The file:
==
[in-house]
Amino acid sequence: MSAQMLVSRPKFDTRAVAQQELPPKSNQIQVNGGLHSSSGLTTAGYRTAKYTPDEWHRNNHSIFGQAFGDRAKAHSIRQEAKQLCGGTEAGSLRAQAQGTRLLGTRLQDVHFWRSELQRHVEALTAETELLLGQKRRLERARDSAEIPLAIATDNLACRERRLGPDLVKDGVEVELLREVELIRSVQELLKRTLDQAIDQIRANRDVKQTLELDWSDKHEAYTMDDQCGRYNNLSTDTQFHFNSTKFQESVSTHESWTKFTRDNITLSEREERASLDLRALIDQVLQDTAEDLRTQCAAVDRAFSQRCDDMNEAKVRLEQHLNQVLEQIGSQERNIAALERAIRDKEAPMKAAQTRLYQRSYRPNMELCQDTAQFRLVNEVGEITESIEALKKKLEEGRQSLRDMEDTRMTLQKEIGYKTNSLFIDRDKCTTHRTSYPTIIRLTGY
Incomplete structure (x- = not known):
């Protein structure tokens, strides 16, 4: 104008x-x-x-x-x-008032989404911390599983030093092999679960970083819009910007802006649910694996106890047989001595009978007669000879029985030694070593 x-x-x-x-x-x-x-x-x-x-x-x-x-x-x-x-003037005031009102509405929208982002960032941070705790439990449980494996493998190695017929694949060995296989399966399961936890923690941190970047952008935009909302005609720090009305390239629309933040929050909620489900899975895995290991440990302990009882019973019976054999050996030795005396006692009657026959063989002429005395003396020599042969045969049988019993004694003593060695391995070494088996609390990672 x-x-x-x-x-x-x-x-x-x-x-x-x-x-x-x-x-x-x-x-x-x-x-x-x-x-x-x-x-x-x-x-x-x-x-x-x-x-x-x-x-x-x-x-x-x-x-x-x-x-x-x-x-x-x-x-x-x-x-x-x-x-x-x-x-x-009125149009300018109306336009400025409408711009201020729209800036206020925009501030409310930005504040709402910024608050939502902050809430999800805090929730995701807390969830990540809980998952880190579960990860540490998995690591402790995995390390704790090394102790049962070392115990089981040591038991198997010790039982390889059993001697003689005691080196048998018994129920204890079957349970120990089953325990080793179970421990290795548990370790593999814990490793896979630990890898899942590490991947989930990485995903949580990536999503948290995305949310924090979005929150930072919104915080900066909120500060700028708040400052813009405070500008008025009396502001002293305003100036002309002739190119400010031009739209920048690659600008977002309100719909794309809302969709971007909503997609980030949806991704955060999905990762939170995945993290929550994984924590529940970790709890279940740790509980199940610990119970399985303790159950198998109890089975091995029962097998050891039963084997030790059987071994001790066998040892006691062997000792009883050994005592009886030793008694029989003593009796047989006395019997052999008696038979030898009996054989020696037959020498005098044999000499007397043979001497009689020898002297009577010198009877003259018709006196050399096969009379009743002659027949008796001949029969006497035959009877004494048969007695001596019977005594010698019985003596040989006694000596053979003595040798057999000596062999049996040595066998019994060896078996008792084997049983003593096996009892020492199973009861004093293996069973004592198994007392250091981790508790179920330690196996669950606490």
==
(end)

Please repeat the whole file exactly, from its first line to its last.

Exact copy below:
[in-house]
Amino acid sequence: MSAQMLVSRPKFDTRAVAQQELPPKSNQIQVNGGLHSSSGLTTAGYRTAKYTPDEWHRNNHSIFGQAFGDRAKAHSIRQEAKQLCGGTEAGSLRAQAQGTRLLGTRLQDVHFWRSELQRHVEALTAETELLLGQKRRLERARDSAEIPLAIATDNLACRERRLGPDLVKDGVEVELLREVELIRSVQELLKRTLDQAIDQIRANRDVKQTLELDWSDKHEAYTMDDQCGRYNNLSTDTQFHFNSTKFQESVSTHESWTKFTRDNITLSEREERASLDLRALIDQVLQDTAEDLRTQCAAVDRAFSQRCDDMNEAKVRLEQHLNQVLEQIGSQERNIAALERAIRDKEAPMKAAQTRLYQRSYRPNMELCQDTAQFRLVNEVGEITESIEALKKKLEEGRQSLRDMEDTRMTLQKEIGYKTNSLFIDRDKCTTHRTSYPTIIRLTGY
Incomplete structure (x- = not known):
């Protein structure tokens, strides 16, 4: 104008x-x-x-x-x-008032989404911390599983030093092999679960970083819009910007802006649910694996106890047989001595009978007669000879029985030694070593 x-x-x-x-x-x-x-x-x-x-x-x-x-x-x-x-003037005031009102509405929208982002960032941070705790439990449980494996493998190695017929694949060995296989399966399961936890923690941190970047952008935009909302005609720090009305390239629309933040929050909620489900899975895995290991440990302990009882019973019976054999050996030795005396006692009657026959063989002429005395003396020599042969045969049988019993004694003593060695391995070494088996609390990672 x-x-x-x-x-x-x-x-x-x-x-x-x-x-x-x-x-x-x-x-x-x-x-x-x-x-x-x-x-x-x-x-x-x-x-x-x-x-x-x-x-x-x-x-x-x-x-x-x-x-x-x-x-x-x-x-x-x-x-x-x-x-x-x-x-x-009125149009300018109306336009400025409408711009201020729209800036206020925009501030409310930005504040709402910024608050939502902050809430999800805090929730995701807390969830990540809980998952880190579960990860540490998995690591402790995995390390704790090394102790049962070392115990089981040591038991198997010790039982390889059993001697003689005691080196048998018994129920204890079957349970120990089953325990080793179970421990290795548990370790593999814990490793896979630990890898899942590490991947989930990485995903949580990536999503948290995305949310924090979005929150930072919104915080900066909120500060700028708040400052813009405070500008008025009396502001002293305003100036002309002739190119400010031009739209920048690659600008977002309100719909794309809302969709971007909503997609980030949806991704955060999905990762939170995945993290929550994984924590529940970790709890279940740790509980199940610990119970399985303790159950198998109890089975091995029962097998050891039963084997030790059987071994001790066998040892006691062997000792009883050994005592009886030793008694029989003593009796047989006395019997052999008696038979030898009996054989020696037959020498005098044999000499007397043979001497009689020898002297009577010198009877003259018709006196050399096969009379009743002659027949008796001949029969006497035959009877004494048969007695001596019977005594010698019985003596040989006694000596053979003595040798057999000596062999049996040595066998019994060896078996008792084997049983003593096996009892020492199973009861004093293996069973004592198994007392250091981790508790179920330690196996669950606490």